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Spanish Mackerel as Bait

ABombsABombs Fort MyersPosts: 15 Deckhand
Hey Everybody, I know this has been discussed before. Such as here in this thread. The question is how and when can we use Spanish Mackerel as bait in Florida waters?

But I am confused.

Prior discussions, and the legal code itself, seems to indicate you can't use them for CUT bait. You can't use the heads as bait after eating them either. But people talk about them as one of the best baits for shark, for blue marlin, for king mackerel.... Can they ONLY be used in whole condition? I ask because my local bait shop sells Spanish Mackerel for bait. They don't tell you how to use it. They just sell it as bait. I asked the guy about the legality of it as bait, and he said it was perfectly legal here in Florida.

Do people just ignore the law? Or is there a loophole that everyone exploits? Or have prior discussions concluded incorrectly?

Thanks!

Replies

  • poncedoradoponcedorado Posts: 625 Officer
    you're only supposed to use them whole. 

    For marlin, guys are rigging them whole anyway. Kingfish I think live is preferred but not sure. For sharks, yeah if you cut it in half or fillet it, that's not legal.

    I'm sure it's a rule that a lot of guys break under the assumption that as long as they're not killing an illegal mackerel, what's the difference whether they cut it up or not. Understandable and probably not morally wrong, but still against the letter of the law.
  • ABombsABombs Fort MyersPosts: 15 Deckhand
    Yeah, that is what I assumed. Whole only.

    Weird law. I am trying to understand the logic behind this. I assume they are trying to minimize the number of mackerel taken by recreational anglers? But I think it would make more sense if they lowered the bag limit and removed the restriction. Change the bag limit from 15 to 5. They are pretty easy to catch. Even 5 seems like a lot to take home to me. 15 is a number of mackerel I wouldn't know what to do with unless it is the apocalypse and there is no more grocery industry... With a limit of 5 you could eat 3 of them in the next week or two, and 2 more could be saved/used for cut bait. It is among the best cut baits. It holds the hook well, sits in the water well, it's oily and aromatic, and bloody, and it attracts all kinds of desirable other fish. It gets big, quality hits as a cut bait.

    Maybe FWC considers the nutritional value into this equation? Maybe since it is rich in Omega 3 oil, maybe they are saying "don't waste this fish." But this would then mean used in whole condition is likely a loophole to support charter fishing and tourism.

    It does seem really weird that you can buy (or catch?) however many mackerel you want (up to 15?) and then go use them for bait all day long, but you aren't allowed to cut them. Gutting, hooking, removing the spine for rigging is all legal... Whatever you do, don't cut them into chunks. If you are trolling a whole mackerel and a predatory fish bites half of it off, are you in danger of being cited? Is it a precarious moment on the hook before you surrender it back to the ocean (before an FWC Officer sees)? This whole thing seems a bit loony.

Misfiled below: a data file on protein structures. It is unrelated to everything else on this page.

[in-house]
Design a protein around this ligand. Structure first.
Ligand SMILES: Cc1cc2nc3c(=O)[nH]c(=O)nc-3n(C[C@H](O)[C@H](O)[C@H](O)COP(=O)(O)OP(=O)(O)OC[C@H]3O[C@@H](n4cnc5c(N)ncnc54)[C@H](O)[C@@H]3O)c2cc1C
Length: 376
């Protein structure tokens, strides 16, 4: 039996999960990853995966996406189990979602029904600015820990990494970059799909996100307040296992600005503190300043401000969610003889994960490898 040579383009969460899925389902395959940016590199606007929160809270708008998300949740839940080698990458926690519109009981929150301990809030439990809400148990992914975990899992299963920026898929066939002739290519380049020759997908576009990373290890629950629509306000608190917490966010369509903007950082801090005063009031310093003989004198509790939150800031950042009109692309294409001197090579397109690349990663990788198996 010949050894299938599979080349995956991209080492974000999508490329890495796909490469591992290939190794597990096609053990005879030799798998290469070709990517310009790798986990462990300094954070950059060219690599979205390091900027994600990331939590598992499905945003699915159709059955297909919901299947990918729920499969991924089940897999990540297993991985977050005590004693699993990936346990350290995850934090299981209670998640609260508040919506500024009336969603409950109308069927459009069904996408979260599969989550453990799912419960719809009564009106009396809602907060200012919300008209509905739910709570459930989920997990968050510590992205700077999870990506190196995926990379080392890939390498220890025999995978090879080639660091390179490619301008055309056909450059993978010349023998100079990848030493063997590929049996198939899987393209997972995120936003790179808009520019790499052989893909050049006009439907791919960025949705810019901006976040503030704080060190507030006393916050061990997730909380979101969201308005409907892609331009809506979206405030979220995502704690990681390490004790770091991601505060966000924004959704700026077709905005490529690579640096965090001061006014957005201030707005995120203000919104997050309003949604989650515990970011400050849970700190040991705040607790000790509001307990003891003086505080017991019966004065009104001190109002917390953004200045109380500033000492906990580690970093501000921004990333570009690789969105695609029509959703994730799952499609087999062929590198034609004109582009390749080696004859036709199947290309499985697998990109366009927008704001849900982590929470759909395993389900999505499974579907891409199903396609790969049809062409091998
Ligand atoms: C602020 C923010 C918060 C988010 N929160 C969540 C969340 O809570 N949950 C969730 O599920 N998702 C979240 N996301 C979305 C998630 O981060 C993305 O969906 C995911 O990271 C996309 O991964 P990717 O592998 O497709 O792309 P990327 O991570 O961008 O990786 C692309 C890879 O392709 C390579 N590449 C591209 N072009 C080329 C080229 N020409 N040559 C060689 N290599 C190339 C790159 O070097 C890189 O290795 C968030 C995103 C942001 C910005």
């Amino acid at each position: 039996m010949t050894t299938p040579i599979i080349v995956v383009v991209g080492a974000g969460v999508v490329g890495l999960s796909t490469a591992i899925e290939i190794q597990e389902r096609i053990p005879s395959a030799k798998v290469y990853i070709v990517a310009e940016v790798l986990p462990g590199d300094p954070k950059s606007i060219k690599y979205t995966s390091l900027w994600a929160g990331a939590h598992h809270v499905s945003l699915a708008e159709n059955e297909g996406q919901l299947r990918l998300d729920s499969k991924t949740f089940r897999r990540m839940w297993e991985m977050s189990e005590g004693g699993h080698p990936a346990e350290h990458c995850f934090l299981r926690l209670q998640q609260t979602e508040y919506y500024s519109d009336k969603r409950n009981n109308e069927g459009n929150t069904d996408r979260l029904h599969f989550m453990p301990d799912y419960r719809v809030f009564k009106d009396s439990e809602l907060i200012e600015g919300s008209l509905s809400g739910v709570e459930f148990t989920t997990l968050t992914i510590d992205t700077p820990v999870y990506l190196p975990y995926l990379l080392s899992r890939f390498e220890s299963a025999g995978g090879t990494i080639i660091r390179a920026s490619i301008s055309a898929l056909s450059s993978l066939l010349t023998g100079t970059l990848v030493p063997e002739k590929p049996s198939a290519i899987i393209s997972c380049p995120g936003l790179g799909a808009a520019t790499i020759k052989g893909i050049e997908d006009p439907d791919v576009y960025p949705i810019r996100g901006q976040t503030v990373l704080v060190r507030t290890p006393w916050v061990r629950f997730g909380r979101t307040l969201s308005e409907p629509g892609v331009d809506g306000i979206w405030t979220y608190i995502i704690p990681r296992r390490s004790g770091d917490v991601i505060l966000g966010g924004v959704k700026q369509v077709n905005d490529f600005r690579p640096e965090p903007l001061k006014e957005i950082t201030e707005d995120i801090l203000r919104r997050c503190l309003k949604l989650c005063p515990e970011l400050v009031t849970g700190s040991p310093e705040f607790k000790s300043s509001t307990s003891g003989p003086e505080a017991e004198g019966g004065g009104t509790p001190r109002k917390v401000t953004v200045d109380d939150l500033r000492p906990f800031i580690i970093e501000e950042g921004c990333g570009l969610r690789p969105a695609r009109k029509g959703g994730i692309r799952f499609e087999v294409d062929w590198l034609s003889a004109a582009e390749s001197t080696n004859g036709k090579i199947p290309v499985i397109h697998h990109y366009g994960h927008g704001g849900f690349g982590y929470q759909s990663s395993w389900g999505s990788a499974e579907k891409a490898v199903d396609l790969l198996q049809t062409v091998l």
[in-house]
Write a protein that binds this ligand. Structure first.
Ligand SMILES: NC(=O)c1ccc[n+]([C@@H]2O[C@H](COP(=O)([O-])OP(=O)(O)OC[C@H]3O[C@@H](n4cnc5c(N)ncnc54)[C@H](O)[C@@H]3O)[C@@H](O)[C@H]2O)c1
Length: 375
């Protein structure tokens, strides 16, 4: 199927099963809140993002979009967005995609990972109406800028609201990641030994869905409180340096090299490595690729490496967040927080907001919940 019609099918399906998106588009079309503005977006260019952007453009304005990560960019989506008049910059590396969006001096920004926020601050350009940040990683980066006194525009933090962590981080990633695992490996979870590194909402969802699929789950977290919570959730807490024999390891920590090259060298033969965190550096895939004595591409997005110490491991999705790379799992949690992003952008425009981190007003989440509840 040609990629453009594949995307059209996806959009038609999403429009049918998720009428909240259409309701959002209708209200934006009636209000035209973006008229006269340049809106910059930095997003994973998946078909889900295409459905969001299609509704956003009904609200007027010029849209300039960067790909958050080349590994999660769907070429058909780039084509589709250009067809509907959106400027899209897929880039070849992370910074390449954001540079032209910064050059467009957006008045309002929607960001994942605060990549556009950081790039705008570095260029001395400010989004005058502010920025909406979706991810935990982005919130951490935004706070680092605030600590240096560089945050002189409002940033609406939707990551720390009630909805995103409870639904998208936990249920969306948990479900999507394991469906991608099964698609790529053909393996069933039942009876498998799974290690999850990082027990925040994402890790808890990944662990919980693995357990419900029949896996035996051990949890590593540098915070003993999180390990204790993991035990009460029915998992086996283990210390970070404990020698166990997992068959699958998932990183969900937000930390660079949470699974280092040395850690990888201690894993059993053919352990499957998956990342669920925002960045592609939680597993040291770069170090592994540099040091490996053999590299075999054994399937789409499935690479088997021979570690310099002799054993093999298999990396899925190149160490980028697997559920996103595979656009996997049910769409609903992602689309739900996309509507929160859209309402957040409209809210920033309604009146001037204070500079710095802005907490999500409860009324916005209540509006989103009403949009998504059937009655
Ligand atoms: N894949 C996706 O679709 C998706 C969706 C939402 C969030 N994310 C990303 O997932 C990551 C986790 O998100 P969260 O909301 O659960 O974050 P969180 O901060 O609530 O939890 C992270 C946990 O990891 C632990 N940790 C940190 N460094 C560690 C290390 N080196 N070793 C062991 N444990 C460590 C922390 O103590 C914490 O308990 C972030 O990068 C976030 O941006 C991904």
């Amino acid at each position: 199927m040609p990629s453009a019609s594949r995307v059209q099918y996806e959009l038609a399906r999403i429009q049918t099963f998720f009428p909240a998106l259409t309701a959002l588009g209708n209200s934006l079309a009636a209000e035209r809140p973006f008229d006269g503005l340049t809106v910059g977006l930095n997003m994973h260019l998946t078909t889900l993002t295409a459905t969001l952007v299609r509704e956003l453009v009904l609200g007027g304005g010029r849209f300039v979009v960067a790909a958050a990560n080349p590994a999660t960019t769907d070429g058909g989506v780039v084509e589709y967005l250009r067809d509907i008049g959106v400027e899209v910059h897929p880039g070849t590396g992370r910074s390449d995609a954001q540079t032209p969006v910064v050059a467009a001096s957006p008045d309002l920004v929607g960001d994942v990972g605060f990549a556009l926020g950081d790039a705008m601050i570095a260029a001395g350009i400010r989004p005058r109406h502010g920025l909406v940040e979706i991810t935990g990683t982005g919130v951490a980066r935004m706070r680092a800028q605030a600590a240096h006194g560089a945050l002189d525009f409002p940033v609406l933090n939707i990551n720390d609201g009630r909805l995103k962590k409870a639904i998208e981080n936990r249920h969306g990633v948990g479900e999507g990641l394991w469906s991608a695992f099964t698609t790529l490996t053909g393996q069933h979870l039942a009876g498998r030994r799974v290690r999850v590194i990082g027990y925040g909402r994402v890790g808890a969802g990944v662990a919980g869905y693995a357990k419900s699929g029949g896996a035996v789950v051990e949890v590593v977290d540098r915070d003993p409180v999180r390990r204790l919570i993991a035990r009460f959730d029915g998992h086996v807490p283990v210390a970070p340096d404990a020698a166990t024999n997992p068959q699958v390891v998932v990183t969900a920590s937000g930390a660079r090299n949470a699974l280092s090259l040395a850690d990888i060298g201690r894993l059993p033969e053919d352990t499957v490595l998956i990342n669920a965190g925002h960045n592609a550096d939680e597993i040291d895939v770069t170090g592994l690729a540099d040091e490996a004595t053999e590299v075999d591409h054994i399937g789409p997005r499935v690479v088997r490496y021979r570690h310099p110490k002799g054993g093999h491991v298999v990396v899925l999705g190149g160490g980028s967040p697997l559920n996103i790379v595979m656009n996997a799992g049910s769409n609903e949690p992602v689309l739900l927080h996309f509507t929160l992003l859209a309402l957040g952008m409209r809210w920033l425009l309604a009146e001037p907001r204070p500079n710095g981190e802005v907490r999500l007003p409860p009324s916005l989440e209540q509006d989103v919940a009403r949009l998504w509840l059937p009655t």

I guess it's all about how we target fish, then...

    I sent an email to FWC and asked this question. I will report back what they say.


  • poncedoradoponcedorado Posts: 625 Officer
    Pretty much all fish have a "must be landed in whole condition" requirement.

    It's just for enforceability of size and bag limits. The point to keep people from catching a few dozen 11" mackerel, cutting them into pieces and telling the officer that the the chunks are from 15 legal ones
  • CaptJCaptJ Posts: 1,435 Officer
    All fish have to be landed in whole condition except for fillets brought back from the Bahamas, and you would have to prove it. Meanwhile, mackerel make great Kingfish baits whole.
  • tankeredtankered Gainesvill, FlPosts: 1,177 Officer
    But what kind of fool wants to trade a succulent spanish for a marginal king?
  • Soda PopinskiSoda Popinski GrovelandPosts: 16,246 AG
    tankered said:
    But what kind of fool wants to trade a succulent spanish for a marginal king?
    i like both equally, but i see no benefit of trading one for the other.   
    You can't pet a dead dog back to life 
  • Salty Dawg44Salty Dawg44 Homosassa, FLPosts: 1,323 Officer
    They can be big and whole and still be good bait. This one was attacked by a King at boat side as I was about to land it. I've also had a Grouper take one from me over our shallow rocks.

    Offshore they make great Billfish and Wahoo baits.








    MY WORST FEAR......THAT WHEN I DIE MY WIFE WILL SELL ALL MY BOATS & FISHING GEAR FOR WHAT I TOLD HER I PAID FOR IT.......

    I may not always agree with what you say,
    but I will always respect your right to be wrong!
  • ABombsABombs Fort MyersPosts: 15 Deckhand
    CaptJ said:
    All fish have to be landed in whole condition except for fillets brought back from the Bahamas, and you would have to prove it. Meanwhile, mackerel make great Kingfish baits whole.

    Don't charter boats offer filet services on the boat, often during the boat ride back to shore? This is how they did it in California on the last charter boat I was on years ago. They filleted the fish for us while still out on the water while cruising back in. I assumed this was common practice. But maybe not applicable in Florida...
  • ABombsABombs Fort MyersPosts: 15 Deckhand
    They can be big and whole and still be good bait. This one was attacked by a King at boat side as I was about to land it. I've also had a Grouper take one from me over our shallow rocks.

    Offshore they make great Billfish and Wahoo baits.








    Can you target sharks with whole spanish?
  • conchydongconchydong Pompano BeachPosts: 10,748 AG
     ABombs said:
    CaptJ said:
    All fish have to be landed in whole condition except for fillets brought back from the Bahamas, and you would have to prove it. Meanwhile, mackerel make great Kingfish baits whole.

    Don't charter boats offer filet services on the boat, often during the boat ride back to shore? This is how they did it in California on the last charter boat I was on years ago. They filleted the fish for us while still out on the water while cruising back in. I assumed this was common practice. But maybe not applicable in Florida...
    In California the fillet has to be a certain size and a skin tag left on it for ID purposes. Florida law does not allow that.

    “Everyone behaves badly--given the chance.”